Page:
Creating More Dementia-Friendly Places of Worship

In recent years, places of worship have become increasingly more inclusive, making sure that hard of hearing members, families with young children, teens and congregants with special needs are all accommodated.  But with a fast-growing elderly population, houses of prayer are also becoming aware of the need to welcome and better understand members with dementia.

The church or other worship community is often an important source of social interaction and support for older adults.  It is estimated that nearly 10 per cent of Canadians over the age of 65 have dementia of some kind and up to 40 per cent of seniors over the age of 85 suffer from Alzheimer’s or other dementias.   With more education, fellow parishioners and clergy are better able to respond to the sometimes unsettling behavior a person with dementia may exhibit, especially when they are under stress, confused or just having a bad day.  For example, rather than pointing out an error such as forgetting the death of a loved-one, try instead to focus on a positive memory they may recall from the more distant past.  Seniors with dementia may be able to recall memories from their youth better than more recent events.

By creating a dementia-friendly environment, the spiritual, social and emotional needs of all the members of a congregation can be more fully met.   According to a recent article in the Anglican Journal, people with dementia may not always be able to recall they went to church or who they spoke with but are able to experience joy in the moment.  And because the music or recitations during a service are often deeply engrained in memory from childhood, they can remain clear in the minds of people with even severe cognitive impairment.   Including traditional elements and non-verbal cues like arm gestures in each service can be more inclusive for people with dementia.  Some churches have also had success removing pews and instead using chairs that can be moved to accommodate wheelchairs or walkers and are more comfortable for aging adults.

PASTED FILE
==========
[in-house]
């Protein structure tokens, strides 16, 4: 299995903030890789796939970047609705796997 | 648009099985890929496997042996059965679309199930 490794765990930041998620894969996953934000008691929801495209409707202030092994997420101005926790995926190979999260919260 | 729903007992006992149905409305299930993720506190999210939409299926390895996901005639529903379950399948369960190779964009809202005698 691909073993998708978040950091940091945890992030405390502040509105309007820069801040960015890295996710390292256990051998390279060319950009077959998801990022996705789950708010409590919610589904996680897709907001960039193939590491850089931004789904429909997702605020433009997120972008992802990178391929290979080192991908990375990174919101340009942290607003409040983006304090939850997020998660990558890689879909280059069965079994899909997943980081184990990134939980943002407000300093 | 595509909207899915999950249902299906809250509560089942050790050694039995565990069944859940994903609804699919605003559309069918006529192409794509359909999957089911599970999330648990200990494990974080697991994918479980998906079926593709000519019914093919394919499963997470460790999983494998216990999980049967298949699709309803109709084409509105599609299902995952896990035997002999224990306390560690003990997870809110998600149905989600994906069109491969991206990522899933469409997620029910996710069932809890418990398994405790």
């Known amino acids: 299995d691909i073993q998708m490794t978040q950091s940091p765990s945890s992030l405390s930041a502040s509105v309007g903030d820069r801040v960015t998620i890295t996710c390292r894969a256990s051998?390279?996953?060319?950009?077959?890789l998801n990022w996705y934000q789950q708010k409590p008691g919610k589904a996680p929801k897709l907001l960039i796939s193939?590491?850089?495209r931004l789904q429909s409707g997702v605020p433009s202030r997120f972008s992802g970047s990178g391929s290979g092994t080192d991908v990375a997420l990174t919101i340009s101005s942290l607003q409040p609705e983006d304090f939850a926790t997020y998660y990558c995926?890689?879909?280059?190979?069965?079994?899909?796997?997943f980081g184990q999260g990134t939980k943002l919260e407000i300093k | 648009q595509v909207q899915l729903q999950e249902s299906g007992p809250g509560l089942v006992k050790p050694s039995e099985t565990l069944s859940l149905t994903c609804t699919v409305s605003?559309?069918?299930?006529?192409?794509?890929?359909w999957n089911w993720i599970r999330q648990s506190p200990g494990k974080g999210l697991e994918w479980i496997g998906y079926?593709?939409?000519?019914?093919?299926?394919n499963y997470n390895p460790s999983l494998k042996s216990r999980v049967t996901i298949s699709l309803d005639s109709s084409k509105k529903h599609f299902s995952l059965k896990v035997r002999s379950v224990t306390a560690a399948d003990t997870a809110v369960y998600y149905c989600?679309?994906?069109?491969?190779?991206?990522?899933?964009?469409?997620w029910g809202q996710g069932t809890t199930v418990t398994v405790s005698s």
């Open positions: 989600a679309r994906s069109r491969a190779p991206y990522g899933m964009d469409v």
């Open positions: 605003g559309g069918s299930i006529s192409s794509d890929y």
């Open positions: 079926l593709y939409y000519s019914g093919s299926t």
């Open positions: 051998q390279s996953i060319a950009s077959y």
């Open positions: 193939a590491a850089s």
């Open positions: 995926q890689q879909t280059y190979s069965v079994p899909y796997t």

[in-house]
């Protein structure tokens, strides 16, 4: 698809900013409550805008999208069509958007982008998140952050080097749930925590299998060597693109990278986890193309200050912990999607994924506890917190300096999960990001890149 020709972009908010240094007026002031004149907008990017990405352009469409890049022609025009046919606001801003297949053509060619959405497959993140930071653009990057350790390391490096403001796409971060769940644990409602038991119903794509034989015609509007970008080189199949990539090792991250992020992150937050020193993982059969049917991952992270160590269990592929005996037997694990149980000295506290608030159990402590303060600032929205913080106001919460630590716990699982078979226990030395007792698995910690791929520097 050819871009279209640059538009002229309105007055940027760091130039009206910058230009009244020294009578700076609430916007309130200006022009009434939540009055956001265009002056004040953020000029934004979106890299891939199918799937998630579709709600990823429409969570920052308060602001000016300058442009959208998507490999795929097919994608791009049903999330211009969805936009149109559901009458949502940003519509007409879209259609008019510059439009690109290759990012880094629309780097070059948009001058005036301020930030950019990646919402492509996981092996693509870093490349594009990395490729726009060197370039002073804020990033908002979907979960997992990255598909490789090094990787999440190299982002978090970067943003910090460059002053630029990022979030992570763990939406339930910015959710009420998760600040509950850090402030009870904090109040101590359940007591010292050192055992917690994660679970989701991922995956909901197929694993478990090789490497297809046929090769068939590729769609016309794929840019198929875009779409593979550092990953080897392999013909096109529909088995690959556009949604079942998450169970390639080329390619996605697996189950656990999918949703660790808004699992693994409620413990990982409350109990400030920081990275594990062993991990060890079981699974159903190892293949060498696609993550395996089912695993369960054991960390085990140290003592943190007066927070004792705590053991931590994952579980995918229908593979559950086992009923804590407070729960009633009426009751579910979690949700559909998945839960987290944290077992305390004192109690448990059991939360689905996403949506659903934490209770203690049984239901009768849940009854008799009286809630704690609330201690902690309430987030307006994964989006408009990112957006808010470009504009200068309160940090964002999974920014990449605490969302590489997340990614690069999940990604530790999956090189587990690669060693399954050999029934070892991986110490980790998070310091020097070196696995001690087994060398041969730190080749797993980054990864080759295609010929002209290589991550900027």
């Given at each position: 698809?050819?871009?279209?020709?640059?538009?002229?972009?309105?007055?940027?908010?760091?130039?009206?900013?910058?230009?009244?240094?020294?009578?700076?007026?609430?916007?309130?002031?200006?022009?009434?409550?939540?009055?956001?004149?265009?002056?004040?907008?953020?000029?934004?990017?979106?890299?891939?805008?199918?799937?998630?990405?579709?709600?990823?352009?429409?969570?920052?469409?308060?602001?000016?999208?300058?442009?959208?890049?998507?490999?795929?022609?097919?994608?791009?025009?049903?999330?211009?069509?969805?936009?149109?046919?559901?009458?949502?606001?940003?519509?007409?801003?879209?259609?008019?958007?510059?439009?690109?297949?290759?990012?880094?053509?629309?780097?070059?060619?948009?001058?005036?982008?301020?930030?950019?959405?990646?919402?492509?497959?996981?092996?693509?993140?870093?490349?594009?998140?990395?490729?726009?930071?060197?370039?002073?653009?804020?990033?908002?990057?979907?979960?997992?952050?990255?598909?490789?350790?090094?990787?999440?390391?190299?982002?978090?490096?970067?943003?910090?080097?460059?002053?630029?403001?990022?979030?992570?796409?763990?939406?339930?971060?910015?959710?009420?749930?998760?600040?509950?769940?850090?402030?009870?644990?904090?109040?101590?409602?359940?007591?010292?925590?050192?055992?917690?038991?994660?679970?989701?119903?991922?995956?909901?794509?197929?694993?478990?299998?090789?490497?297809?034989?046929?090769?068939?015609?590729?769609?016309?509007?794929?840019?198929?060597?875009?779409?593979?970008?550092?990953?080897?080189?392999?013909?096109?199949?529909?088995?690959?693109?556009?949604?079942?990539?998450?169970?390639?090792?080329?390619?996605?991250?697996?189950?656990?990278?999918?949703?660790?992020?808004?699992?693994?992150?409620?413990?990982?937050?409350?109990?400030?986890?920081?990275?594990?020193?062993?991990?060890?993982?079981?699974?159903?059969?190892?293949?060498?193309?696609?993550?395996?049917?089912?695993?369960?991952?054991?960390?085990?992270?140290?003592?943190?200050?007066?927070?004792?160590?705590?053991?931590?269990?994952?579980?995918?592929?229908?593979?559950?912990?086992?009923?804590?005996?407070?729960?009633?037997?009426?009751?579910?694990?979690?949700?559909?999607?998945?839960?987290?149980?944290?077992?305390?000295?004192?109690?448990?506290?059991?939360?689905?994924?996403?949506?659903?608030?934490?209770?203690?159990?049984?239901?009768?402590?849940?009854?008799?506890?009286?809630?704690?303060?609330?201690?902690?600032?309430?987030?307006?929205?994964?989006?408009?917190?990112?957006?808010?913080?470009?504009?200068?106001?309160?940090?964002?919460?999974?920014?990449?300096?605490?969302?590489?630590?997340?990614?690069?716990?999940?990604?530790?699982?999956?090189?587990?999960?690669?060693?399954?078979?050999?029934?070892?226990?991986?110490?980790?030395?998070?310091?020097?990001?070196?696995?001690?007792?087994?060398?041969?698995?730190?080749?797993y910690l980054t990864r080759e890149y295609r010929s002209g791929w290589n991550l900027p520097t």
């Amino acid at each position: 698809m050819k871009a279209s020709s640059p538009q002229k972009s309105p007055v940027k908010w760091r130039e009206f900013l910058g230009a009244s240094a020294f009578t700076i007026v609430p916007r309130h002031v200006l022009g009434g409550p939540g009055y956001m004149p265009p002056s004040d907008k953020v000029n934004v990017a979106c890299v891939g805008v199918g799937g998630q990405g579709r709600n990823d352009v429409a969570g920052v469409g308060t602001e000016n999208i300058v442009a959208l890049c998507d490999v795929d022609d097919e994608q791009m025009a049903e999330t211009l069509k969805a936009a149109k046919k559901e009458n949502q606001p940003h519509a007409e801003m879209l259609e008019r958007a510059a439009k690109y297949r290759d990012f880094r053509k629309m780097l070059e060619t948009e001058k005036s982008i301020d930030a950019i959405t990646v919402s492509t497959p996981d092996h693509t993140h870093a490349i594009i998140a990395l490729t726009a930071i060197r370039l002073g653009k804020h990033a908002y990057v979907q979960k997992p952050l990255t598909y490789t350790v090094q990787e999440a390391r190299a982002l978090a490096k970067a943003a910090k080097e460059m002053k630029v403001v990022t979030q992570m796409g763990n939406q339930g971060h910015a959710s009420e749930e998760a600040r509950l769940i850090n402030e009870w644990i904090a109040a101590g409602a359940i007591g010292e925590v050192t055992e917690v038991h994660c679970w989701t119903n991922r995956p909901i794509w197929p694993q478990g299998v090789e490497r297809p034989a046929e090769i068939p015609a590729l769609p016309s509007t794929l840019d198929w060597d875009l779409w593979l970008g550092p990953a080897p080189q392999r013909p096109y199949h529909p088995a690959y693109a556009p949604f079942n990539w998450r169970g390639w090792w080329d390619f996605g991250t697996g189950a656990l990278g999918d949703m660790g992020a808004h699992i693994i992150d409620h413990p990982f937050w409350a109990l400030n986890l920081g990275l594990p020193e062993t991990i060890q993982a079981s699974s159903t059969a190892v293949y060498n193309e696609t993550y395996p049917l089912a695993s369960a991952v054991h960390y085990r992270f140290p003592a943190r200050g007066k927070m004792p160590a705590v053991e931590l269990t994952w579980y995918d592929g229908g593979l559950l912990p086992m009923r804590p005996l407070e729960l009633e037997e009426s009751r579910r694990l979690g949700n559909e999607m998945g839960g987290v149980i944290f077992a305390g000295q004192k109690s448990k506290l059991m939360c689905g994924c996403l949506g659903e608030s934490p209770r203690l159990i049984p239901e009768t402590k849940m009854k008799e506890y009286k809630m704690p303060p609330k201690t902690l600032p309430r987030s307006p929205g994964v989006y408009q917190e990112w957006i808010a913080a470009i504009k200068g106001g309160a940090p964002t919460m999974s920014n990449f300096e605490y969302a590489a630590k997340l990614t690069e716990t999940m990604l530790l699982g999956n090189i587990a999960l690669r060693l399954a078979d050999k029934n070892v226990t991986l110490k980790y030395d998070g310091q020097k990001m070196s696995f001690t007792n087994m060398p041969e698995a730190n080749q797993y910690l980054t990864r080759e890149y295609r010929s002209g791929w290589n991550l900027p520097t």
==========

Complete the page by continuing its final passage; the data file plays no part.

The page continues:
Congregations may also want to consider creating a support group for caregivers of people with dementia or hosting a guest speaker or workshop to help create a more inclusive environment for all ages and abilities.  Talk with your local chapter of the Alzheimer’s Society to learn more.